How can you criticize the Boss? He's been dining out on the same bloated, fake working-class music for the last 25 years!

  • Frank Gas

    The guitar solo on Firth of Fifth on Seconds Out is sublime. If you like Seconds Out, check out Watcher of the Skies (Genesis Revisited) by Steve Hackett. I divide Genesis into with or without Steve...

  • BDAABAT

    Seconds Out is one of my favs as well. Those guys were on fire in that period! Love the interplay between Chester Thompson and Phil as well.

    If you like mid period Genesis and are looking for something more current, would suggest trying out Porcupine Tree (http://www.porcupinetree.com/). Five member live band with outstanding musicians. They have a terrific live DVD called, "Arriving Somewhere..." that's an excellent introduction to the band. The current album is called, "The Incident"; the first disc has one song that's divided into several parts... proggy length, some nifty timing (drummer is Gavin Harrison... he's terrific!), terrific musicianship, and crafty lyrics. Good stuff!

    Bruce

  • J Howe

    Seconds Out is still one of my favorite live albums. I agree with Frank Gas about the guitar solo on Firth of a Fifth. Hackett's solo is terrific (although Darryl Stuermer's version on later tours is probably equal or better) and I really enjoy the versions of Supper's Ready and Cinema Show.

    I recently heard that Phil was giving up the drums because of a physical ailment. Makes me sad to think we won't be seeing/hearing the great dual drum solos by Chester and Phil. That was a highlight of any Genesis concert.

  • dave smith

    Love seconds out...it is slightly better than three sides live. Genesis is my favorite band.

  • http://economicfactoidwatch.blogspot.com/ Mike Walsh

    I liked a lot of the earlier Genesis work. I thought they got too polished after a while. The only thing I saw by them in that era was a movie of The Lamb Lies Down On Broadway sometime in the mid seventies. I saw them live a few years later in their more "pop" mode.

    That list is interesting. Some of those tours I saw live though not the same show that was recorded.
    The most notable was the Led Zeppelin 1972 tour. I saw them about ten days before that show that was recorded on How The West Was Won. To this day I still say that was the best concert I've ever seen. Ticket price was $4.00 LOL.

    @Gordo: Live at Leeds is fabulous...the Who with Keith Moon really rocked in the early seventies but then they started paring down songs and quit the jamming and improv after a while. They sucked live after Moon died.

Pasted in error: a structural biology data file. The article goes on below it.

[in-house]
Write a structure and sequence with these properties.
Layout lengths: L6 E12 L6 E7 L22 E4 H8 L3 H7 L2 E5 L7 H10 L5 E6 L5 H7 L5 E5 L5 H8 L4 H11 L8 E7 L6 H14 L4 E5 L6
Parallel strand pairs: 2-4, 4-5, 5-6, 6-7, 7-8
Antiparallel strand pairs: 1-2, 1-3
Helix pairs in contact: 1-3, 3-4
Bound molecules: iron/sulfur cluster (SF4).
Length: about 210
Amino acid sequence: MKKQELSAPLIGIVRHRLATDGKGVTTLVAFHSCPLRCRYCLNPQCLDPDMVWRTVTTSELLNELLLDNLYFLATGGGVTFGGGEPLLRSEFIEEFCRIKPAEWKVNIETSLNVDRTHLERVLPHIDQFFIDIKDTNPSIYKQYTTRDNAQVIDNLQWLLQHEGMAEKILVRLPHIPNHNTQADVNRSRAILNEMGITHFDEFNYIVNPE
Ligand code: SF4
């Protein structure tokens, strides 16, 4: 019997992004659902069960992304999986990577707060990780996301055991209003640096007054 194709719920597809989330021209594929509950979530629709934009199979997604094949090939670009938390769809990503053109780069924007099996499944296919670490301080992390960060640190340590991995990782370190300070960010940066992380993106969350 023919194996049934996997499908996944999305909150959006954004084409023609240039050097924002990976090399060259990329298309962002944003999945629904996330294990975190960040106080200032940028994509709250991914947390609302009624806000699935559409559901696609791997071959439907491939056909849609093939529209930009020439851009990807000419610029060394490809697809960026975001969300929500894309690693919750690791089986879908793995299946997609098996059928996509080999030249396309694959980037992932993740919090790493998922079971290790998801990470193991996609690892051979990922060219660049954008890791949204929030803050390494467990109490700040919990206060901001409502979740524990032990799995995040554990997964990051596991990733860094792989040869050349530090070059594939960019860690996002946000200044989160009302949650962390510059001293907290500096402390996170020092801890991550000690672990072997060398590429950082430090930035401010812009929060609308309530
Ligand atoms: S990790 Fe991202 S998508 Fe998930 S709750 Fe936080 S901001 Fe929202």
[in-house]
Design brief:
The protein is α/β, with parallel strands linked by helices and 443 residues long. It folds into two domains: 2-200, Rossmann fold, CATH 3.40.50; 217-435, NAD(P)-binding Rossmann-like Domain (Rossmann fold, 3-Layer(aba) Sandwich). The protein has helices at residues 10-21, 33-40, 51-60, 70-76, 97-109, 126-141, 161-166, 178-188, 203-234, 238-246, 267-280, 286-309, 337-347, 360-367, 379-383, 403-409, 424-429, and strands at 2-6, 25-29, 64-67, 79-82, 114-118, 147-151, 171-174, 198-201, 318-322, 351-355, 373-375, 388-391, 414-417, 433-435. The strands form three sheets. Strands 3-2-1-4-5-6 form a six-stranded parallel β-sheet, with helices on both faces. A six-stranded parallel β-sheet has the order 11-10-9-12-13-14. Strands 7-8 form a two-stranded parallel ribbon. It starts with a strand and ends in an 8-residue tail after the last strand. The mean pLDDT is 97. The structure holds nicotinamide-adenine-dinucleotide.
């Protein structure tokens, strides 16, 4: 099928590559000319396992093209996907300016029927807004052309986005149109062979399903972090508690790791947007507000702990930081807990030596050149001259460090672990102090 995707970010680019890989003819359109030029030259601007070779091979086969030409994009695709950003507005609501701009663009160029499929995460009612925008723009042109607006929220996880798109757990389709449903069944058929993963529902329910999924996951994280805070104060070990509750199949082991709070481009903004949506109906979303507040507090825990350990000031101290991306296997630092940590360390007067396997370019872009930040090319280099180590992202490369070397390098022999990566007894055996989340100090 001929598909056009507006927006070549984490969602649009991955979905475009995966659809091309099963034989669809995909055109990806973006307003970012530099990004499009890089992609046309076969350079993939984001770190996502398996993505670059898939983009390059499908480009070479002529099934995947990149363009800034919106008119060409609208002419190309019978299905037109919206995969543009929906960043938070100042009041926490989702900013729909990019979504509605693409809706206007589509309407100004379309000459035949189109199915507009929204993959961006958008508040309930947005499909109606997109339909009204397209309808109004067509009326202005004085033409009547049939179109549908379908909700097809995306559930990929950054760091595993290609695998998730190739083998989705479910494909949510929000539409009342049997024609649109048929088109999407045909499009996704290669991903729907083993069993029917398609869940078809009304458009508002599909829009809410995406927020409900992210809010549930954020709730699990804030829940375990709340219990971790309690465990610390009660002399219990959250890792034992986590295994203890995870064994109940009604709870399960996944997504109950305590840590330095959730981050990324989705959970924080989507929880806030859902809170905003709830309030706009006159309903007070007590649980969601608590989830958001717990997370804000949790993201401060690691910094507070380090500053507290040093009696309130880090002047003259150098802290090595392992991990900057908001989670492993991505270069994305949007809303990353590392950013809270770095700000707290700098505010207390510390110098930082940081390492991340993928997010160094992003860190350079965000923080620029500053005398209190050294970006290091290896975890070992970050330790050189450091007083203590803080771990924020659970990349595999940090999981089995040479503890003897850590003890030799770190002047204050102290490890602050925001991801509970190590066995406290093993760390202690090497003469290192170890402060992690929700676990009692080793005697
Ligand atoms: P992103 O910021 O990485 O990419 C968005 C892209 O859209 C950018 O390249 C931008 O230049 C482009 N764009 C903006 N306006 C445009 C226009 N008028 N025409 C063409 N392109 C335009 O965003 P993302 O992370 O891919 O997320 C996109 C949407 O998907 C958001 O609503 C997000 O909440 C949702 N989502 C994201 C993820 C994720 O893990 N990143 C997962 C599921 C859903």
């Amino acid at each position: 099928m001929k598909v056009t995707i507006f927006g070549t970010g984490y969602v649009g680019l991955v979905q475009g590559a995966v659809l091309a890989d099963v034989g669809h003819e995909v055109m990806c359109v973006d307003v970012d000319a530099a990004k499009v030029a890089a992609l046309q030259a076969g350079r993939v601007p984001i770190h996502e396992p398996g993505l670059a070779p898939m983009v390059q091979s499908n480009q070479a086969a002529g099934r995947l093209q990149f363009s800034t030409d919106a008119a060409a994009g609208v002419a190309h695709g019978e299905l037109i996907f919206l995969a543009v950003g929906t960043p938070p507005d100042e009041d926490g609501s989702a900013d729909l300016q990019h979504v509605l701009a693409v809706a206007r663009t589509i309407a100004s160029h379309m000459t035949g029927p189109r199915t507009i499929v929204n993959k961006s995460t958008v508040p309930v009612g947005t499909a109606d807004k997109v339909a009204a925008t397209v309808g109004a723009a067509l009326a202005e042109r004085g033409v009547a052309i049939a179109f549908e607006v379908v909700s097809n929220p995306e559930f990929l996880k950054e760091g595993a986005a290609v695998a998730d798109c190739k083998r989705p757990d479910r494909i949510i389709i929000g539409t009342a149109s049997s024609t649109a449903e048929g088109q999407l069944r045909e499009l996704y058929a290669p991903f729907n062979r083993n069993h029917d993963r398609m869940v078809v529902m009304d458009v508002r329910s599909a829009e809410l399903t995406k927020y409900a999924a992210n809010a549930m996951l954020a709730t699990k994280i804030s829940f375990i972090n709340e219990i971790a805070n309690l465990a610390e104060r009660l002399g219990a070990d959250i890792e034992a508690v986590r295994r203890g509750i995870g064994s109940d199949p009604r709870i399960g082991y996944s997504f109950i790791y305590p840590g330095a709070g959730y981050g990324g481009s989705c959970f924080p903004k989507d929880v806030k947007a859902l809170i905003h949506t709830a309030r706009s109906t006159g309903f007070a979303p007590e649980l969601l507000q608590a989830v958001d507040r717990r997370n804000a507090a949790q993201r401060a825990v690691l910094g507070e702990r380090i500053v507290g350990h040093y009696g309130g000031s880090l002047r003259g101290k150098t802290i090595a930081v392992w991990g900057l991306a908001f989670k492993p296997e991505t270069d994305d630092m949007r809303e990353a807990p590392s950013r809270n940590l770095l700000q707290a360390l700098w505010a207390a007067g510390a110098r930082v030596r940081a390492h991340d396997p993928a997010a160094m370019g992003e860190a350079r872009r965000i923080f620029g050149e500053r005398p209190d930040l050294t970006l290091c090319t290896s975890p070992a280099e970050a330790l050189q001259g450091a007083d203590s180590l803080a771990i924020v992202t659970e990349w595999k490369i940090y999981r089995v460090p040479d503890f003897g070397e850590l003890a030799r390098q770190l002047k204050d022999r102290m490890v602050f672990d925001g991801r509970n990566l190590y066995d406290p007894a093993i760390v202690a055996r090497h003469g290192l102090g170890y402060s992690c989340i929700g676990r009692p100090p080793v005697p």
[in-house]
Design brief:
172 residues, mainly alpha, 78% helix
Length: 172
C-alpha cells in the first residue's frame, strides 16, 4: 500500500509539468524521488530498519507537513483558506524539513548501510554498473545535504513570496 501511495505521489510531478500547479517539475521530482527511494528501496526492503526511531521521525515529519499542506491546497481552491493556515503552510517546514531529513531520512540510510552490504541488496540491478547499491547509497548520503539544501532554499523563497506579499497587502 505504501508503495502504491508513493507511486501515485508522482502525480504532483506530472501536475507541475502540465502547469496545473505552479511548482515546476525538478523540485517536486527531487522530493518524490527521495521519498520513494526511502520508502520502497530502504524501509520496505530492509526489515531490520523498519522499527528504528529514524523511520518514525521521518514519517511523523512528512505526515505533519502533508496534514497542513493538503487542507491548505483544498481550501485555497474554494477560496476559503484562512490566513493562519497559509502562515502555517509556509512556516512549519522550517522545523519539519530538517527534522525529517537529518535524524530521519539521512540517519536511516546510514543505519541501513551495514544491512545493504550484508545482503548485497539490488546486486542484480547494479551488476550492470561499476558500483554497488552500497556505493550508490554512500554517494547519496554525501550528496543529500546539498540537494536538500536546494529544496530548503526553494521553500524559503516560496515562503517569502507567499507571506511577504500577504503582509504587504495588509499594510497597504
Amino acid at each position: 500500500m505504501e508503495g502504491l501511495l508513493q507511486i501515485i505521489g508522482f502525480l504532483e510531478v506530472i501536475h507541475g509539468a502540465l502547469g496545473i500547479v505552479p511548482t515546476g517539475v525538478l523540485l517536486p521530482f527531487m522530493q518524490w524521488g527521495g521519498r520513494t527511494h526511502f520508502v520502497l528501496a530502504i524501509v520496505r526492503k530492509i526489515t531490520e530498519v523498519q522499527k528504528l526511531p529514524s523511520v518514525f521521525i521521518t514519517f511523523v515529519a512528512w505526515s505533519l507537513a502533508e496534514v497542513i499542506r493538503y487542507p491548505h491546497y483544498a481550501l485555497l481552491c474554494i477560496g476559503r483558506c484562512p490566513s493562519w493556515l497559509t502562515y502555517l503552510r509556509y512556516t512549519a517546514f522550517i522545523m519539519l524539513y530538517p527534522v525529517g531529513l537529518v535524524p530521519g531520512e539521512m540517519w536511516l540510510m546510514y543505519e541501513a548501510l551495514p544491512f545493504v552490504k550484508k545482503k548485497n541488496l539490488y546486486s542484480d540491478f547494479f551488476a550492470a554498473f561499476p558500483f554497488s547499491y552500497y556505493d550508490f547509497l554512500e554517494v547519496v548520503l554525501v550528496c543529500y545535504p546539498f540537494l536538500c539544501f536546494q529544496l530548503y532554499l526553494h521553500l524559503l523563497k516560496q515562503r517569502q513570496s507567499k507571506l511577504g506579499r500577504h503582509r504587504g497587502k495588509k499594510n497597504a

U2 Under A Blood Red Sky: classic but the Video that accompanied it was even better. They were just coming into their own then and the live recordings were better and ballsier than the studio recordings.

    For blues fans: Live at The Regal by B B King...classic

    Hendrix: what can you say?

  • http://devilish-details.blogspot.com/ Mesa Econoguy

    Yep, Sol, just listened to it again tonite, and you’re right: serious professional performance.

    It’s too tight to be live, but just loose enough to be pf live.

    [WYWH tempo is variable, but other than that, unbelievable.]

    Nice weird OMG Police cover…..

  • Tom G

    I wish Joe Jackson's "Live 1980/86" had made it to that list, but I don't really have problems with what did make it. I usually prefer live albums over "best of" collections because, well...
    the album's a live recording of (usually) both "best" and "songs the band likes". Which often includes tunes never released as singles.

  • Brian H

    I thought I was the only one that held 'Seconds Out' as favorite live album. The versions of Carpet Crawlers, Cinema Show and Supper's Ready far exceed the studio versions, with Collins voice at its peak and also the tightness of the live band. This era of Genesis from 'Seconds Out' through 'And Then There Were Three' was easily their finest. During this period, their live shows were studio quality. Their choice of Chester Thompson and Bill Bruford filling in for Collins on drums and percussion on the tours was a stroke of brilliance.